Gaia doesn’t directly measure the ages of objects, but it does measure their positions and velocities. That’s important since younger stars move similarly in their galaxies. But as stars age, that changes, and astronomers know how much it changes. And since planets are only a little younger than their stars, determining a star’s age gives you the planet’s age.
One thing that astronomers know about hot Jupiters is that the systems they’re in are divided into two groups according to the properties of the stars. On the one hand, “… hot Jupiters systems with massive, hot stellar primaries exhibit a wide range of stellar obliquities,” the authors write. “On the other hand, hot Jupiter systems with low-mass, cool primaries often have stellar obliquities close to zero.” Stellar obliquity is the angle between its spin axis and the average orbit of its companion planets. It’s similar to axial tilt in planets. Previous research shows that stellar obliquity constrains a solar system’s evolutionary history.
The authors used the Gaia data and the results of previous research to come up with a new method of determining how hot Jupiters form. They performed Monte Carlo simulations using Gaia data and data from a host of other surveys and missions. Monte Carlo simulations are used in astronomy because they can reliably predict outcomes in systems with a lot of inherent uncertainty.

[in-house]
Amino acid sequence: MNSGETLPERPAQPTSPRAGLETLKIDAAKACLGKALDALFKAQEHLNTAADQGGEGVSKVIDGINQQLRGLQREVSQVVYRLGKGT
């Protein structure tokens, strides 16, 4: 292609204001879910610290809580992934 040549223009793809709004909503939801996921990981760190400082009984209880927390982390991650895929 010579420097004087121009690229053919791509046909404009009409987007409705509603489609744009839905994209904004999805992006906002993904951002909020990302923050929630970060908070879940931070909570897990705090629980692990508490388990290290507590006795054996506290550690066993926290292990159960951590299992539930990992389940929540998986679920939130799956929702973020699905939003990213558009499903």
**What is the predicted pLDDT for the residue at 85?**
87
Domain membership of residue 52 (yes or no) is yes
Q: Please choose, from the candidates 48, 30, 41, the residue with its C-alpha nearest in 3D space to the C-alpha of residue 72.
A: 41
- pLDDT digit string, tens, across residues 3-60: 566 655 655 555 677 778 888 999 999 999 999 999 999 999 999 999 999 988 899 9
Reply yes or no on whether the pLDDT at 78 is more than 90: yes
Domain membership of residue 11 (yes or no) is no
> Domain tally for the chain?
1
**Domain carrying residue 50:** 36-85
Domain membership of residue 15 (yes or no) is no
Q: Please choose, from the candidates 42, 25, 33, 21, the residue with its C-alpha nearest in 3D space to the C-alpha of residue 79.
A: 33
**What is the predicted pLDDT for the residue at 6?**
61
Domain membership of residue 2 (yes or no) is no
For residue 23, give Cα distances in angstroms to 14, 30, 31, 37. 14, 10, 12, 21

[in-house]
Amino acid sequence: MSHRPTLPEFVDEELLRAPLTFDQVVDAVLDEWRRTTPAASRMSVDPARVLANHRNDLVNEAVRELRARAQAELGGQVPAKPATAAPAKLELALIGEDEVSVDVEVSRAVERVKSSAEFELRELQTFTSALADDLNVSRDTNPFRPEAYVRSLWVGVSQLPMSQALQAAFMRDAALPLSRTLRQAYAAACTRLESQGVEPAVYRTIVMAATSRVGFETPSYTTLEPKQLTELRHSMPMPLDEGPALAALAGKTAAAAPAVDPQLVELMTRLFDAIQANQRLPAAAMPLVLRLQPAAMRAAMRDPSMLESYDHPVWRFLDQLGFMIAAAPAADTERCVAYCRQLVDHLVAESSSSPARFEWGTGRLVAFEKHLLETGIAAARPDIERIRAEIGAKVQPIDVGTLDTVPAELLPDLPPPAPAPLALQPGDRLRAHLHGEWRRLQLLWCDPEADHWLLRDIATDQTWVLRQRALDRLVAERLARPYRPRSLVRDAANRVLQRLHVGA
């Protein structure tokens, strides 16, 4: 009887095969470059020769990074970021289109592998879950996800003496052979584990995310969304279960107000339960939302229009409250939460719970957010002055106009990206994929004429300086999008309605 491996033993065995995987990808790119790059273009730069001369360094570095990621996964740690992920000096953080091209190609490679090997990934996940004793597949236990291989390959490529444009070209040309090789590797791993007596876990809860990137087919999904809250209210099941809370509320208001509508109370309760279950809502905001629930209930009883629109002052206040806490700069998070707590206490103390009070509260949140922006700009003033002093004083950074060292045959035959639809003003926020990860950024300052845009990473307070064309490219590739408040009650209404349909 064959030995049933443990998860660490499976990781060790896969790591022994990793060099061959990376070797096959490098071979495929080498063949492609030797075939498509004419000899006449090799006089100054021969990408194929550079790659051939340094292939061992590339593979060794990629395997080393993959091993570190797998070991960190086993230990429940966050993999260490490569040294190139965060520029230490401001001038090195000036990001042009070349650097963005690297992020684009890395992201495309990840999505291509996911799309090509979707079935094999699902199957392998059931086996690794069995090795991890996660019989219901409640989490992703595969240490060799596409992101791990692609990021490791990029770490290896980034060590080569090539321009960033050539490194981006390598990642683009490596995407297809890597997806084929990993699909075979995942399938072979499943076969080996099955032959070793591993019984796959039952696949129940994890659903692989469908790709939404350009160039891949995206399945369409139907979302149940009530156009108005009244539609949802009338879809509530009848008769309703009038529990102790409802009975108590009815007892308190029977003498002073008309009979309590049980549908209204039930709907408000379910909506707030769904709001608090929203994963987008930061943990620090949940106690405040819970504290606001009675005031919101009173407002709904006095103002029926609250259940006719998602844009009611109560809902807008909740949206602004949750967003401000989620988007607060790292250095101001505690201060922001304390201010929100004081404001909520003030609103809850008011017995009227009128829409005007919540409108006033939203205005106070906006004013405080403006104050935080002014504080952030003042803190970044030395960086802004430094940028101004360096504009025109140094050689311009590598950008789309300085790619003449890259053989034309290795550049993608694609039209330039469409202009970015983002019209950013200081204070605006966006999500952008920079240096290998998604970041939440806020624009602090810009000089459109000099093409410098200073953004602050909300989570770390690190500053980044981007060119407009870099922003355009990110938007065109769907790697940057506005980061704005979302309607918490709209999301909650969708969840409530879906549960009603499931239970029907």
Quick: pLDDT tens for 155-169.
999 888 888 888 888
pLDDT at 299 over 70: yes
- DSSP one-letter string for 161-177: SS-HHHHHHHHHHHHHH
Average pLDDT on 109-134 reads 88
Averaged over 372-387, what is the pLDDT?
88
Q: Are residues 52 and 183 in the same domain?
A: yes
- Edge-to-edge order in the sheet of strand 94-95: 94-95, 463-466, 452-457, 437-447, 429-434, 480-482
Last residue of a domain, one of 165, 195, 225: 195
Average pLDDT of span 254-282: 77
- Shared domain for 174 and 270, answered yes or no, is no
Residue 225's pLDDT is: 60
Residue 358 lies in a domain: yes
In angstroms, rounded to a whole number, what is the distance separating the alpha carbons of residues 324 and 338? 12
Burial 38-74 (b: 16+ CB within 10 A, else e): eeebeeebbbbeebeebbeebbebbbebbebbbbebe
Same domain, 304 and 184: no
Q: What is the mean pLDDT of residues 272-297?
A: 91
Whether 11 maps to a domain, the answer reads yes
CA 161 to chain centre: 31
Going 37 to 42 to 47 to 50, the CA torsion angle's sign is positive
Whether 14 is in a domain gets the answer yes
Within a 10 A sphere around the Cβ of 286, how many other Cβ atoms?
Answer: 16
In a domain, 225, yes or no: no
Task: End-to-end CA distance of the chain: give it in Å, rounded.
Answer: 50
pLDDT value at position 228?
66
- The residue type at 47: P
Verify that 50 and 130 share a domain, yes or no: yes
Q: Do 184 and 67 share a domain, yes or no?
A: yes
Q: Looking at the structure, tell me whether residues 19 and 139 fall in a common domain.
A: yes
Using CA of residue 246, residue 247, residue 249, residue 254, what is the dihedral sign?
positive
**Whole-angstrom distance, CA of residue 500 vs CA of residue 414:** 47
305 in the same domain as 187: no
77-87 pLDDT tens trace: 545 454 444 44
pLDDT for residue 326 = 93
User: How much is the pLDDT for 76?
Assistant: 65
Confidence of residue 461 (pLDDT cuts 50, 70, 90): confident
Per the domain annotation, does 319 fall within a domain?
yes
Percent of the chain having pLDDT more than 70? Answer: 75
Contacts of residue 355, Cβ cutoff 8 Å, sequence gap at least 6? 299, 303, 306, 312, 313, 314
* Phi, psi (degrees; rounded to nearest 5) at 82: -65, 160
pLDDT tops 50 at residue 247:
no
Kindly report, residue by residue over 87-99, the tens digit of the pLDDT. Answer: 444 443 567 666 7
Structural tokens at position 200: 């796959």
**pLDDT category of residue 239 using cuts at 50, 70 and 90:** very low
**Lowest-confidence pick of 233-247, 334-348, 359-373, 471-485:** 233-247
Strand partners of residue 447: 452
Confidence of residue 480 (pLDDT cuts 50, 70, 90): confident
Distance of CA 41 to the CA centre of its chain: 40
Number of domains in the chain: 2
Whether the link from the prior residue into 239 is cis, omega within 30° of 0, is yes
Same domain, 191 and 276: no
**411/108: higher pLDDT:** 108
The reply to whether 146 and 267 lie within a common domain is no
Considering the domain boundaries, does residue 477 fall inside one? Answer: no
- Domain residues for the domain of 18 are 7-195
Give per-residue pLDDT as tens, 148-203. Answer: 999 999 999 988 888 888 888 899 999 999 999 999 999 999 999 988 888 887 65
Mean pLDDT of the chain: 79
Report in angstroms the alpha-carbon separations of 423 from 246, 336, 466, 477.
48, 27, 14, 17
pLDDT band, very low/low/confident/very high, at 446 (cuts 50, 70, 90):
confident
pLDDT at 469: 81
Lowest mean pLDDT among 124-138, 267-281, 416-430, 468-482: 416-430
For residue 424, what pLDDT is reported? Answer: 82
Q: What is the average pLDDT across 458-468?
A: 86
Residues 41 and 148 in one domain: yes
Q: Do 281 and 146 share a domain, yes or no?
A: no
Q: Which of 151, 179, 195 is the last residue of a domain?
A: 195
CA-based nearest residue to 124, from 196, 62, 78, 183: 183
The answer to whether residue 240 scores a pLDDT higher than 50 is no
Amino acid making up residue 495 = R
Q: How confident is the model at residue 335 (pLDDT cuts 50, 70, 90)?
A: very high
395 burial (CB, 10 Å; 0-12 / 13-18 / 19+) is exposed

They discovered that galactic velocity dispersion for stars that host misaligned (>12.8 degrees) hot Jupiters is larger than the galactic velocity dispersion for stars that host aligned (<12.8 degrees) hot Jupiters. Since a larger galactic velocity dispersion means older stars and planets, they concluded that misaligned systems are older than aligned systems. This goes against “… what would be expected if a single formation mechanism produces hot Jupiters with a wide range of stellar obliquities which are then dampened by tides,” they write.
This means two processes form hot Jupiters: a fast one and a slow one.
“One [formation process] occurs quickly and produces aligned systems, and [the other] occurs over longer timescales and produces misaligned systems,” said Hamer. “My results also suggest that in some systems with less massive host stars, tidal interactions allow the hot Jupiters to realign the axis of their host star’s rotation to be aligned with their orbit.”
The authors also examined the role convective photospheres play in systems hosting hot Jupiters, what role binary stars play, and what role stellar-mass plays.
They concluded that “Together, these results suggest that misaligned hot Jupiters form late relative to aligned hot Jupiters and that in systems hosted by stars with convective envelopes, tidal realignment may subsequently generate aligned systems.”
There’s a lot more astronomers would like to know about these unusual exoplanets and how they form. Like many other topics in astronomy, the James Webb Space Telescope will have something to say about hot Jupiters when it gets going. One particular hot Jupiter is already a target for the JWST.
WASP-62b is a hot Jupiter orbiting a main-sequence star that’s about 1.1 solar masses in the constellation Dorado. It’s misaligned with its star by about 19.5 degrees, so learning more about it will add to the results of this study and build our overall understanding of these curious planets. Previous observations with the Hubble and the Spitzer space telescopes show that WASP-62b has a clear atmosphere, which means that the JWST will be able to identify molecular species in its atmosphere. Understanding the molecular species present can determine the conditions in the protoplanetary disk it formed in.